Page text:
One of Indiana’s more well-known automakers was the Nordyke & Marmon Company later known as the Marmon Motor Car Company of Indianapolis.
Howard C. Marmon’s first automobile in 1902, included a V-2 engine with an aluminum crankcase and a cast aluminum body. The 1905 Marmon had an air-cooled V-4 engine with pressure lubrication. This use of pressure lubrication was the earliest automotive application of the system that has become universal to internal combustion piston engine design.
The six-cylinder Marmon Wasp, with Ray Harroun driving, won the inaugural Indianapolis 500 in 1911. The 1916 Model 34 featured an entire body and radiator shell made of aluminum as well as most of the six-cylinder components. During World War I, Marmon 34’s were procured for use by the U.S. Army and the French Army General staff.
The 1929 Roosevelt had the distinction of being the first eight-cylinder car in the world to sell for less than $1,000. Marmon warranted a listing in the Guinness Book of Records for the factory installed radio, also in 1929. The Roosevelt appeared in the 1930 catalog as the Marmon Roosevelt and only lasted one more year. The 1930 Roosevelt was the only car in its price range to be offered with a full one-year warranty.
With the introduction of the Marmon Sixteen in 1931, it appeared that Marmon had saved the best for the last. The Sixteen, a magnificent $5,000 automobile with a 491 c.i.d. V-16 engine, produced 200 h.p. and was good for over 100 m.p.h. The V-16 was honored by The Society of Automotive Engineers as “the most notable engineering achievement of 1930.” The society was especially impressed by the extensive use of lightweight aluminum, generally a difficult metal to work and maintain in automobile power plants.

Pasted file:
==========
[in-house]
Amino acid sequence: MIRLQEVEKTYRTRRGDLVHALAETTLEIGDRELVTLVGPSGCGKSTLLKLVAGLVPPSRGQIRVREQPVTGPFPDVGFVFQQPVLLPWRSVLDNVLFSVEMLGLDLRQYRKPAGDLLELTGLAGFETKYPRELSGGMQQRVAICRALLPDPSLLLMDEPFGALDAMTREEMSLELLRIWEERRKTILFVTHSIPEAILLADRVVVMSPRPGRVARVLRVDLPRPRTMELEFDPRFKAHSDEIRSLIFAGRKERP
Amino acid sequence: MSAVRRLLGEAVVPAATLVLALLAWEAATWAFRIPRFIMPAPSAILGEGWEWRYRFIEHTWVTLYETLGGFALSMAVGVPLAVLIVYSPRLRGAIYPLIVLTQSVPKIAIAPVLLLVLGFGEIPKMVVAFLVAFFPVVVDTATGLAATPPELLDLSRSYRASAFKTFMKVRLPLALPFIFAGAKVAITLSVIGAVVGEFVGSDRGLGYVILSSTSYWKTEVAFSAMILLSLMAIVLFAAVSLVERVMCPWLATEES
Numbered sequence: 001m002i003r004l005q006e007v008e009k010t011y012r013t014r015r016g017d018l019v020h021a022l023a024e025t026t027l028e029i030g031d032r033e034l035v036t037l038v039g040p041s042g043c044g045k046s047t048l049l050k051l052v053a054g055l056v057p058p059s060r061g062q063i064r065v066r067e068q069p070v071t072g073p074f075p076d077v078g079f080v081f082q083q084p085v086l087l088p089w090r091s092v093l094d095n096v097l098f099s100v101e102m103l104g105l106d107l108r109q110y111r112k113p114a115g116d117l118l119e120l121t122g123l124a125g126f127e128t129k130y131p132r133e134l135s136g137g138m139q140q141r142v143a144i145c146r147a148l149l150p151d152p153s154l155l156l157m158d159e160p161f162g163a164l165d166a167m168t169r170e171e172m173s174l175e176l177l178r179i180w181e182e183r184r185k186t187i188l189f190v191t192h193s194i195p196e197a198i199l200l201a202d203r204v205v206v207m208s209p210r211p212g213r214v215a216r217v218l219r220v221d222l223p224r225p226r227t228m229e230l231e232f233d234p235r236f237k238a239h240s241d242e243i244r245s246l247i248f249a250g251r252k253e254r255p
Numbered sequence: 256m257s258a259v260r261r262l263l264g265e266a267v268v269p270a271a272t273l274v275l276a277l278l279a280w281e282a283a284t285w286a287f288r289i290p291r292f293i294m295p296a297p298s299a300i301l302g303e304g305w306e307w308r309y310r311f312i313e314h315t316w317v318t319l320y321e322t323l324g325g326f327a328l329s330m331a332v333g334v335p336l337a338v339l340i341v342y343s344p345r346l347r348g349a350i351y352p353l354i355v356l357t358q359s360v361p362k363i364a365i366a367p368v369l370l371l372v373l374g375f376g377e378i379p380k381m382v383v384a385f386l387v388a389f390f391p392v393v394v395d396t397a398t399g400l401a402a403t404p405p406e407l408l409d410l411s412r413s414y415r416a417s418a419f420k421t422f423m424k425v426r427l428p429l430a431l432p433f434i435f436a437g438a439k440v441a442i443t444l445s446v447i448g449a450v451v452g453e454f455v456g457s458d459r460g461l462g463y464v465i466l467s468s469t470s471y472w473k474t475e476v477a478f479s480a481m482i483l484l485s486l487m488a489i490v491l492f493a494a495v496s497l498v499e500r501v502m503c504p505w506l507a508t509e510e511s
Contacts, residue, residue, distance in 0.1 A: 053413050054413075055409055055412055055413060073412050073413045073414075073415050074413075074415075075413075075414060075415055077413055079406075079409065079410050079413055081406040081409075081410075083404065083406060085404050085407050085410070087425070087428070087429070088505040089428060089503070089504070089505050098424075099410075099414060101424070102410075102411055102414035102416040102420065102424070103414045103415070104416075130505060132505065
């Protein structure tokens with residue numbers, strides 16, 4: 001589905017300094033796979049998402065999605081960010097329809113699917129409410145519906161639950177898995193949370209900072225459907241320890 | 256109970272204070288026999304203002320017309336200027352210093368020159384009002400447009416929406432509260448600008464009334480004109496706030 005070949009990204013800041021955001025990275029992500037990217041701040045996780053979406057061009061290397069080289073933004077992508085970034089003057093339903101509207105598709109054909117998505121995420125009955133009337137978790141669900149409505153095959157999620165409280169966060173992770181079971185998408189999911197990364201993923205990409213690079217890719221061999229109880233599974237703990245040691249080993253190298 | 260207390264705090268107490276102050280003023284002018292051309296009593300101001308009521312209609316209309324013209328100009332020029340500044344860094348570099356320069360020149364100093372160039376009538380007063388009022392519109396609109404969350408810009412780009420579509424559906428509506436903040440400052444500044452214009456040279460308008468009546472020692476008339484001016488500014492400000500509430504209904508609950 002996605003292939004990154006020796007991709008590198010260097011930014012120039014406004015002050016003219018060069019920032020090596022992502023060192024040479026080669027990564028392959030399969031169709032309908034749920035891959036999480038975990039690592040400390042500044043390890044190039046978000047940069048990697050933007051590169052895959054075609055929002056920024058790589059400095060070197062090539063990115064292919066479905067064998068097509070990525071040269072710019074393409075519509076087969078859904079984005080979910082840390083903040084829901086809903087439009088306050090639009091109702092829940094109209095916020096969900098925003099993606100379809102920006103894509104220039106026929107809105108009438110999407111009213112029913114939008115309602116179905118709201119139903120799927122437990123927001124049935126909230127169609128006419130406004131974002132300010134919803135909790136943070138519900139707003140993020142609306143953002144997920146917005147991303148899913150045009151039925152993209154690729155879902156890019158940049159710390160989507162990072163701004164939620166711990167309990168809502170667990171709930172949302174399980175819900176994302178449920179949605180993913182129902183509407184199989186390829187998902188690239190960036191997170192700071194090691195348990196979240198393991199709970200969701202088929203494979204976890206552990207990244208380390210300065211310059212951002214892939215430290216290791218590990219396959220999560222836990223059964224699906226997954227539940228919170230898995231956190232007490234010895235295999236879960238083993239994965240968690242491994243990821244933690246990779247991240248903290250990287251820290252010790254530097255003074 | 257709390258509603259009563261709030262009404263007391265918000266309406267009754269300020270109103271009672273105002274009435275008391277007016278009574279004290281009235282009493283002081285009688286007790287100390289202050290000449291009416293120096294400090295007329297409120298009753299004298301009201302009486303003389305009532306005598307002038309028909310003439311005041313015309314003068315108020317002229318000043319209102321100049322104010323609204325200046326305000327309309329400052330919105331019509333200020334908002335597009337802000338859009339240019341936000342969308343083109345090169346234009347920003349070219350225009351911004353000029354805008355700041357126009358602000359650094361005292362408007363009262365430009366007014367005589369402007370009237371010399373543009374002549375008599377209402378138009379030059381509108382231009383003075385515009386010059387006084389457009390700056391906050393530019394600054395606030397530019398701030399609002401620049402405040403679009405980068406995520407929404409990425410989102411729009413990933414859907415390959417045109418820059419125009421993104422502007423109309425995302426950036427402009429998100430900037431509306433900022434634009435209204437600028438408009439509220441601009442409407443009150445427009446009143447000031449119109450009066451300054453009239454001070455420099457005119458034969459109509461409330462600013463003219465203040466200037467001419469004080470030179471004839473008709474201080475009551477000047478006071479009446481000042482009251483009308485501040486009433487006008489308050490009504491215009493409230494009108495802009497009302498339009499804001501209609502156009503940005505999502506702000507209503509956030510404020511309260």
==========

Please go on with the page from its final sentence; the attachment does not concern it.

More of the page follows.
At the very end, Howard Marmon built the HCM Special at his own expense. This prototype auto had a 150 h.p. V 12 engine, independent front suspension, DeDion rear axle and tubular backbone frame, with styling by Teague. Yet, it never saw production. In May 1933, Marmon Motor Car Company entered receivership.
The promise of the Roaring Twenties proved hollow for many automakers across the nation, including Marmon. Marmon stock that had peaked in May 1929 at more than $100 per share dipped to slightly more than $3 three years later. In addition, the luxury-car market had shrunk drastically, and lower-price competitors already secured a solid hold on the mass market. Marmon executives were forced to go to eastern bankers for working capital to keep the company afloat.
Marmon’s cumulative production from 1902 to 1933 approached 110,000 autos. The mid-point of producing 55,000 autos was reached at the end of the 1927 model year. It is interesting that in 1929 and 1930, Marmon production exceeded Cadillac in the luxury market: 1929 – Marmon 22,323 vs. Cadillac 14,986 and 1930 – Marmon 12,369 vs. Cadillac 12,078.
Today, auto enthusiasts celebrate this revered Indiana marque at museums and car shows across the country. I invite you to check out this fine example of Indiana’s automotive heritage whenever you get the chance.
For more information on Indiana auto pioneers follow this link.